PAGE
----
The main component of both catnip and silver vine that elicits rubbing behaviour is called nepolactol. When cats rub against or roll over catnip or silver vine nepetalactol is transferred from the plant to the cat’s face. The researchers found that mosquitoes avoided the faces/heads of those cats that had rubbed their faces against catnip or silver vine. It thus works as a natural mosquito repellant. This research therefore suggests there may be a biological reason for this behaviour and that it is not solely related to feelings of euphoria.

To read the study yourtself, click here,

Problem-solving ability and laterality in cats

I started teaching Dirk to give paw a few months ago and we have now progressed to one knock = right paw and two knocks = left paw. Of course he makes mistakes occasionally, but overall he is pretty good at giving me the paw I’m asking for.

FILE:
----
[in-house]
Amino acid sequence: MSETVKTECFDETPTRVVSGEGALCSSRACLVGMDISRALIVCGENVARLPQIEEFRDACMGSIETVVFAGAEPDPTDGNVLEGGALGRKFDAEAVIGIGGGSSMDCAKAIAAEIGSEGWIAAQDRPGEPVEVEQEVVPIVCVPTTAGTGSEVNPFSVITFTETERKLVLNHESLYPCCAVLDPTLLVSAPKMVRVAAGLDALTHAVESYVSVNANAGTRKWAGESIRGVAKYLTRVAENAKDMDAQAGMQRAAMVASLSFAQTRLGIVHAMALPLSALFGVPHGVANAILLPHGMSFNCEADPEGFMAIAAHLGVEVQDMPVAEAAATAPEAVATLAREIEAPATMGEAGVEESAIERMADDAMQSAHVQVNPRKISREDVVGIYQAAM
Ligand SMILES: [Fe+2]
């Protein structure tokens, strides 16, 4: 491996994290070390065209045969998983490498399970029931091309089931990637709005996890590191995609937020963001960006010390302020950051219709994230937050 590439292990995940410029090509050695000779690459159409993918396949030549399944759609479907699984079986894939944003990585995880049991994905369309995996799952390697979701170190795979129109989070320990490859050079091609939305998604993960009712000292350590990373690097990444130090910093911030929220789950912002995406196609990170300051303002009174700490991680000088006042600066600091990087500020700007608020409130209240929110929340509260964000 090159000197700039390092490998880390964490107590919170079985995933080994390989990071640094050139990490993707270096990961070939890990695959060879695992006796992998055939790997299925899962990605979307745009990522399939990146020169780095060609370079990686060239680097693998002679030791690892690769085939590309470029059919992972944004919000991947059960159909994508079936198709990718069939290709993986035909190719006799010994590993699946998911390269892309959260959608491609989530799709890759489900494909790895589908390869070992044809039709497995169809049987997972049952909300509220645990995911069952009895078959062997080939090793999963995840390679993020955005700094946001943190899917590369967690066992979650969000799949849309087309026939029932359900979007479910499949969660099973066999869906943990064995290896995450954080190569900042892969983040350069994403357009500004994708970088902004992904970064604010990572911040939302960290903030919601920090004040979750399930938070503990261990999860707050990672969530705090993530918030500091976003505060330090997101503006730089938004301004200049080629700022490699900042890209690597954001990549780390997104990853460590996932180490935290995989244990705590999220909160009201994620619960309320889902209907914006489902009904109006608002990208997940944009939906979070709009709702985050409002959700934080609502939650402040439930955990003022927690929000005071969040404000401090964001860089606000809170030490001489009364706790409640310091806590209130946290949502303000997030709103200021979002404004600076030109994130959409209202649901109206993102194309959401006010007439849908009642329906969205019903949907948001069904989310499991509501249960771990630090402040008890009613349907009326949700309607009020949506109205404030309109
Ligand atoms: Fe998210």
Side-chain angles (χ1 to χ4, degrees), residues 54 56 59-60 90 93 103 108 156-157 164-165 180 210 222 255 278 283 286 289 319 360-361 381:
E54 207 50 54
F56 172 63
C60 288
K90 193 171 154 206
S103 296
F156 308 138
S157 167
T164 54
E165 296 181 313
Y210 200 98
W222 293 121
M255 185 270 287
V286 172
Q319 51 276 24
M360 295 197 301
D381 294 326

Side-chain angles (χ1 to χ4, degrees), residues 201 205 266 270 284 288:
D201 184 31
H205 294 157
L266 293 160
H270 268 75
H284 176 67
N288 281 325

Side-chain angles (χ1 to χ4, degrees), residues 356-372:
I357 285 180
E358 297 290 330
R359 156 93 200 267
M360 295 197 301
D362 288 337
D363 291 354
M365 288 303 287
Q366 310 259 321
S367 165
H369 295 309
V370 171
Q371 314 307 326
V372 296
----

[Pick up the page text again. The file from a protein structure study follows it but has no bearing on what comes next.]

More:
When I first started training Dirk I noticed he has a slight preference to use his left paw. He would always use that oe first and also uses it most frequently. He also uses his left paw most when playing with his puzzle feeders (though he does switch to right paw as well).

Intrigued by his paw preference I started looking into research about domestic cats and left- or right-pawedness and found a very interesting research paper on this topic. Obviously, food was involved in testing the cats as participation needs to be rewarding for them too πŸ˜‰ However, even that could not convince all cats to participate as 3 out of 41 cats tested did not move a paw at all. Of the other 38 cats, 10 were right-pawed, 12 left-pawed and 16 were ambilateral: they showed no preference for either left or right paw.

The study showed that cats with a clear paw preference, either left or right, were better at solving the food puzzles than those cats that did not have a paw preference. The cats with a paw preference found their way to the food a lot quicker with fewer paw movements.